Unlikely Thankfulness for Kevin Smith’s “Red State”

Kevin Smith is the writer/director behind the raunch-coms of the “Clerks” universe.  His mixture of toilet humor and sophisticated verbiage created a strange fan base, dominated by mouth-breather man-boys and ivy league types.  Even the rom-com crowd likes his stuff.

But Smith turned a whole different set of heads last winter when he screened his independent horror thriller “Red State” and announced his sole ownership and distribution rights to the film.  His purpose was to distribute the movie based on the merits of the film itself, and Smith was optimistic that the film’s content and message would find its audience.

Since then, Smith has campaigned the film all over the country, having never maintained a full theatrical run.  It’s available on DVD and BluRay now.

Surprising Reaction

I finally saw “Red State” after anticipating it since 2007 (when Smith teased his blog subscribers with a picture of the script’s title page).  I’m still surprised by my reaction.

Mainly I was disgusted, and I presume that was the desired reaction.  “Red State” is a nasty little movie, in plot and in content.  There are no characters to redeem it.  There are several strange and violent sequences in it.  It’s conclusions about humans are borderline despairing.

There’s not much to boast about in the film’s technical achievement’s either.  “Red State” features some of Smith’s least successful dialogue and exposition.  It’s shot by director of photography David Klein with a kind of film-school visual tactlessness.  This undermines some of the performances; some of the melodrama plays false because the photography is not meeting the same standard as the performances.

There is a lot to dislike about this movie.

Yet, about 24 hours after watching it, I’m filled with thankfulness, and I’ll tell you why:  The plot centers on three teenage boys who are taken captive by the members of an extreme right wing church and subjected to humiliation and torture.   The church, herein called Five Points Trinity Church, finds its inspiration in Fred Phelps’ Westboro Baptist Church, the congregation dead set on protesting as many funerals of homosexuals and KIA’d soldiers as possible.  Surely you’ve seen this church on the news.  Its members are a pack of bible charlatans.  They are only as powerful as they are loud, and the louder they are the more coverage and attention they get.

The film actually calls Fred Phelps and his church by name.  Five Points Trinity goes a step further.  Westboro Baptist’s behavior is damnable, but they remain non-violent.  In the film, Five Points is not just a church, but a barracks.  They are extremely violent, and the hatred they spew is nauseating.

Religion – it’s for the birds

I know many people will watch “Red State” and say, “Well, that’s what religion does…it turns people into maniacs.”  A lot of people will watch the movie and be disturbed, not just by the content, but by the notion that perhaps all Christians are really just closet Five Point Trinity members.  Maybe even a few nominal Christians will be shaken in their faith after watching it (and I emphasize nominal; the movie will not shake a solid believer).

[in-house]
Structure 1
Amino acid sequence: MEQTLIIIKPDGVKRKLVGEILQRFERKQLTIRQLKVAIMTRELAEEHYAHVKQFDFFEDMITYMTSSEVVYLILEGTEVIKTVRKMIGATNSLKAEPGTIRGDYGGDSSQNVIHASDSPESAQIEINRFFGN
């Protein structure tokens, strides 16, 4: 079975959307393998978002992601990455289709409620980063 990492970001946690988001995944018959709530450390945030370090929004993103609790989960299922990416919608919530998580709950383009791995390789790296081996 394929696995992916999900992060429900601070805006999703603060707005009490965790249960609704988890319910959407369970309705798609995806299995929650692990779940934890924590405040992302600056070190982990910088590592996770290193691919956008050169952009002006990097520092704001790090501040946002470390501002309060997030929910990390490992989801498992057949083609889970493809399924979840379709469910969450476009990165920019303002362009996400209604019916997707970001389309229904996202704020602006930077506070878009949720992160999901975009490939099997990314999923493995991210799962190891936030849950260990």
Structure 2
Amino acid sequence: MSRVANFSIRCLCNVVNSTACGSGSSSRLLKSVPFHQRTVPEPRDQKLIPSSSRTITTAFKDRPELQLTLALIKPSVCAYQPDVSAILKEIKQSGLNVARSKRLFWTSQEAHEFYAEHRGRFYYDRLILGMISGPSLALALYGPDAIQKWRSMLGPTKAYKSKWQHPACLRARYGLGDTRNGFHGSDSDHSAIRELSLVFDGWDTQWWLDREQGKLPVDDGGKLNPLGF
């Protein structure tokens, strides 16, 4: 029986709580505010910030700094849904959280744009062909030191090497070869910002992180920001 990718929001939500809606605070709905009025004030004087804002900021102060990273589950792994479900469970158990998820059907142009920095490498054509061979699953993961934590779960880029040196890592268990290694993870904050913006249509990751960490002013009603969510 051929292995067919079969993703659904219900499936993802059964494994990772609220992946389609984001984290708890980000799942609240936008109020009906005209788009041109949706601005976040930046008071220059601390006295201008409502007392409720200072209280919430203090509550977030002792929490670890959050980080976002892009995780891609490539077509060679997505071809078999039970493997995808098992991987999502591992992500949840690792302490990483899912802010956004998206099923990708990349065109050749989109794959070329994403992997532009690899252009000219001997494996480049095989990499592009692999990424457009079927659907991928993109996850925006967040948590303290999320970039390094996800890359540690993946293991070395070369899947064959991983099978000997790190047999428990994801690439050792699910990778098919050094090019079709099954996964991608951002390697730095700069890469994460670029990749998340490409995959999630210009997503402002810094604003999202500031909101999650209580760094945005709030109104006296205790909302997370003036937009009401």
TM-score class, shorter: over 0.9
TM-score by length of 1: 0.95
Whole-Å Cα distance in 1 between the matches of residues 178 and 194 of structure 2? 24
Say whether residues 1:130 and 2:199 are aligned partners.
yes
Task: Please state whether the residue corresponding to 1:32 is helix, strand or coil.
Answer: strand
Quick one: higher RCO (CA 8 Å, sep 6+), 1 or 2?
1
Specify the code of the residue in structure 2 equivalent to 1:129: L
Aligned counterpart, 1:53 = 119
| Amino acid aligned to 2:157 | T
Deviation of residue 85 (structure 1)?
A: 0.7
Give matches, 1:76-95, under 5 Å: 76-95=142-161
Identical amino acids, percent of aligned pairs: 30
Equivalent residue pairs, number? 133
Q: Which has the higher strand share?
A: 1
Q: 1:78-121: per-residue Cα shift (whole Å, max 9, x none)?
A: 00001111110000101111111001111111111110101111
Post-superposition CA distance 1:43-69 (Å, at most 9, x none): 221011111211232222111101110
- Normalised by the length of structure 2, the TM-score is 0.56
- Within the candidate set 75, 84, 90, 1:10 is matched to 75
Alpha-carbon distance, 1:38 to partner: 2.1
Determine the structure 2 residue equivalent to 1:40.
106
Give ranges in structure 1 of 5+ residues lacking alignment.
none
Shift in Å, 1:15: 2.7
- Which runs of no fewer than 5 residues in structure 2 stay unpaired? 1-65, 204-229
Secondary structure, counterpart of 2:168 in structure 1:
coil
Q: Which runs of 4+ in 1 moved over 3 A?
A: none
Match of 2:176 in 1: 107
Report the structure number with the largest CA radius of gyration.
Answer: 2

The reason I am thankful for “Red State” is that it shows us the functional outcome of gospel-less religion: oppression, vitriol, and potentially violence.  Religion without the gospel is some nasty business.  And I’m thankful “Red State” reminded me of the cost of totally misunderstanding the Bible.  The members of Five Points Trinity Church (and the real-life Westboro cronies) make the fatal and tragic mistake of overemphasizing one of God’s attributes over all the rest.  God is vengeful and hateful – that’s actually true.  God hates sin (and yes, even sinners) and will take revenge for the cost of those sins.

But God is patient and merciful and gracious.  God is loving and kind and faithful beyond our wildest dreams.  We know all these things by looking at Jesus Christ on his cross.  Onto Jesus, God’s hate for sinners was unleashed in full.  Onto us, believers, God’s grace was unleashed in full.  It’s at the cross we finally see the folly of hate-filled theology.

Added to this, I’m thankful “Red State” ended badly for pretty much all the characters involved.  There’s no redemption in the gospel according to Fred Phelps, no assurance that all the things of this world will pass away, no promise that all will be made new.  A happy ending to this movie would have suggested otherwise.  But in the Gospel of the Scriptures, I am promised an inheritance beyond the riches and pleasures of this world, such that even if I were taken captive by a group of psychopathic “Christians” and all I have was taken away from me, I could count my fading losses all worth it for the sake of something better and unshakable.

So yes, I’m thankful.

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About Collin Damon Welch
Collin worked in the film/TV industry for a while. Now he's pursuing ministry. He and his incomparably beautiful wife Nicole live in Chicago.

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